Israel to build 430 new West Bank settler homes: NGO
JERUSALEM - Agence France-Presse
West Bank Jewish settlement of Maaleh Adumim on the outskirts of Jerusalem. AP PhotoThe Israeli government on Jan. 30 published tenders to build 430 new settler homes in the occupied West Bank, the head of an NGO that monitors settlement activity told AFP.
"It's the opening of the settlement floodgates," said Daniel Seidemann, head of the Terrestrial Jerusalem group.
He said that the latest plans were the first to be announced in several months but unlikely to be the last before the March 17 general election, in which Prime Minister Benjamin Netanyahu's Likud is competing with other rightwing parties for the settler vote.
"This could hardly be an accident," he said. "It could not have taken place without Netanyahu's knowledge and consent."
He added that the new homes were to be built in four existing settlements across the West Bank -- 112 in Adam, 156 in Elkana, 78 in Alfei Menashe and 84 in Kiryat Arba.
A senior Palestinian official denounced the plan.
"What the Israelis announced is part of a wider war... against the Palestinian people," Palestine Liberation Organisation (PLO) official Wassel Abu Yusef told AFP.
"This is a war crime which should push the settlements issue to the International Criminal Court."
Seidemann, whose group particularly monitors settlement in Israeli-annexed east Jerusalem, predicted that building plans there were likely to be announced soon.
"Netanyahu has a tendency, especially when he's having trouble in the polls, to do something outrageous in Jerusalem," he said.
He pointed to Givat Hamatos, where settlement watchdog Peace Now revealed on October 1 that final approval had been granted for the construction of 2,610 settler homes.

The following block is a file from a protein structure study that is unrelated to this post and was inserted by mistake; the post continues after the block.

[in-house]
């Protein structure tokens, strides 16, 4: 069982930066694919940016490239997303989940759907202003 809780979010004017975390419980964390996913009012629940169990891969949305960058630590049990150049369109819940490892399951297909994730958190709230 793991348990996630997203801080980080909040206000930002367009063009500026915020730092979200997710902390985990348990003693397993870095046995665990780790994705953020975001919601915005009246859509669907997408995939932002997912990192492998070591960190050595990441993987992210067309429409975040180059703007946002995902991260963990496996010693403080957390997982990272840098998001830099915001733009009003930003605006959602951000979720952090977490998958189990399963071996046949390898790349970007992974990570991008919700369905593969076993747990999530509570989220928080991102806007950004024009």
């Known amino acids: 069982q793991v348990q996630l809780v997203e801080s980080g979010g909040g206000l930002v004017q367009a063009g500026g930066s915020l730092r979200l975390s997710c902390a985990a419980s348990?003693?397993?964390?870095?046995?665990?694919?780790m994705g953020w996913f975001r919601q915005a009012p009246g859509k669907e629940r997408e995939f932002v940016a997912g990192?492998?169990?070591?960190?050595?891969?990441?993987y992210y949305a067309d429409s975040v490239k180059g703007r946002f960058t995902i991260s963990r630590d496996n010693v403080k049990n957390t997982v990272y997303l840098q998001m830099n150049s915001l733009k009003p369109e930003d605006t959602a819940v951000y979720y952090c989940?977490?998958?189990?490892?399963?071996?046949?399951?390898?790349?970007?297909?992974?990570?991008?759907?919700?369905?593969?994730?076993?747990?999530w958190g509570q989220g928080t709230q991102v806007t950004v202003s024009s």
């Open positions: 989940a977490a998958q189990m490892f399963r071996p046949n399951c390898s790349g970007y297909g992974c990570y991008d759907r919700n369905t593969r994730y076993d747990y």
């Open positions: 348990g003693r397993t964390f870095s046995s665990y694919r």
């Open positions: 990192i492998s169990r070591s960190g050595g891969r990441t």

"I don't think it's over," Seidemann said. "I would be very concerned and keep a close eye on things like Givat Hamatos."
A poll published on Friday in the Jerusalem Post showed Likud rallying after weeks of lagging behind the Zionist Union alliance of Labour and the centrist HaTnuah party of former justice minister Tzipi Livni.
The Post linked the surge to a Hezbollah missile strike on Wednesday which killed two Israeli soldiers, at the time the survey was being conducted by the Panels Research organisation.
It gave Likud a projected 25 places in the 120-seat parliament, just ahead of the Zionist Union's 24.
"Last week the Zionist Union was ahead of the Likud by two seats and two weeks ago the lead was three," the Post wrote.
But in a contradictory finding not unusual in Israeli polls, it said that 52 percent of respondents did not want Netanyahu to remain premier.
The poll of 514 respondents had a margin of error of 4.5 percentage ponts.
Israel occupied the West Bank in the 1967 Six-Day war. Building settlements there is illegal under international law and opposed by the United States and the international community as an obstacle to an eventual peace deal with the Palestinians.